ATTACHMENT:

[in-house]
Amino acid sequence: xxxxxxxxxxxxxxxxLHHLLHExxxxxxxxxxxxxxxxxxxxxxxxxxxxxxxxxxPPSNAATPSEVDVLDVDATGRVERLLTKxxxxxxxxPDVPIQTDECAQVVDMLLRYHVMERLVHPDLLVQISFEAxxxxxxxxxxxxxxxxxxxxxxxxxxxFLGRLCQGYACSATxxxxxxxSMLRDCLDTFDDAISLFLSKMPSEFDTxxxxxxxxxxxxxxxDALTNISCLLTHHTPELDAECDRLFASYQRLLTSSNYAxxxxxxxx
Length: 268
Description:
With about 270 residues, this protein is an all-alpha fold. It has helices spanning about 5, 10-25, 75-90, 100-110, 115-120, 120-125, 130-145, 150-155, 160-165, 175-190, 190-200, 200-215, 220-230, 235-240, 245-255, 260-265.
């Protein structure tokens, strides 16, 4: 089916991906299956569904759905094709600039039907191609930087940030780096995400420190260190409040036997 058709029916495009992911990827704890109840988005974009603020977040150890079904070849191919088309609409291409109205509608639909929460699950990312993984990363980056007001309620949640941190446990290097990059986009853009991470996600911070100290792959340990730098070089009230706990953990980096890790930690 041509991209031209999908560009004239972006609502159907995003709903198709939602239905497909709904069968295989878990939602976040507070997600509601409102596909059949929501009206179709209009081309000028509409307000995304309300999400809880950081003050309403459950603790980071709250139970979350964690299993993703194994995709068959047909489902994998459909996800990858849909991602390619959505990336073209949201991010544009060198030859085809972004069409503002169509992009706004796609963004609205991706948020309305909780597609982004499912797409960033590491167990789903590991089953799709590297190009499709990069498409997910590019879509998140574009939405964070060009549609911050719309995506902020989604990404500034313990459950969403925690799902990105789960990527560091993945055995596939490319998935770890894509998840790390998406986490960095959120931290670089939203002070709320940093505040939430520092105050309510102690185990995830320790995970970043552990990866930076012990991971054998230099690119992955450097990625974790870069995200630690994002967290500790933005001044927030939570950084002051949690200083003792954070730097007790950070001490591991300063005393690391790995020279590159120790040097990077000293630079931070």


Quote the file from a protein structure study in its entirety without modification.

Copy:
[in-house]
Amino acid sequence: xxxxxxxxxxxxxxxxLHHLLHExxxxxxxxxxxxxxxxxxxxxxxxxxxxxxxxxxPPSNAATPSEVDVLDVDATGRVERLLTKxxxxxxxxPDVPIQTDECAQVVDMLLRYHVMERLVHPDLLVQISFEAxxxxxxxxxxxxxxxxxxxxxxxxxxxFLGRLCQGYACSATxxxxxxxSMLRDCLDTFDDAISLFLSKMPSEFDTxxxxxxxxxxxxxxxDALTNISCLLTHHTPELDAECDRLFASYQRLLTSSNYAxxxxxxxx
Length: 268
Description:
With about 270 residues, this protein is an all-alpha fold. It has helices spanning about 5, 10-25, 75-90, 100-110, 115-120, 120-125, 130-145, 150-155, 160-165, 175-190, 190-200, 200-215, 220-230, 235-240, 245-255, 260-265.
């Protein structure tokens, strides 16, 4: 089916991906299956569904759905094709600039039907191609930087940030780096995400420190260190409040036997 058709029916495009992911990827704890109840988005974009603020977040150890079904070849191919088309609409291409109205509608639909929460699950990312993984990363980056007001309620949640941190446990290097990059986009853009991470996600911070100290792959340990730098070089009230706990953990980096890790930690 041509991209031209999908560009004239972006609502159907995003709903198709939602239905497909709904069968295989878990939602976040507070997600509601409102596909059949929501009206179709209009081309000028509409307000995304309300999400809880950081003050309403459950603790980071709250139970979350964690299993993703194994995709068959047909489902994998459909996800990858849909991602390619959505990336073209949201991010544009060198030859085809972004069409503002169509992009706004796609963004609205991706948020309305909780597609982004499912797409960033590491167990789903590991089953799709590297190009499709990069498409997910590019879509998140574009939405964070060009549609911050719309995506902020989604990404500034313990459950969403925690799902990105789960990527560091993945055995596939490319998935770890894509998840790390998406986490960095959120931290670089939203002070709320940093505040939430520092105050309510102690185990995830320790995970970043552990990866930076012990991971054998230099690119992955450097990625974790870069995200630690994002967290500790933005001044927030939570950084002051949690200083003792954070730097007790950070001490591991300063005393690391790995020279590159120790040097990077000293630079931070």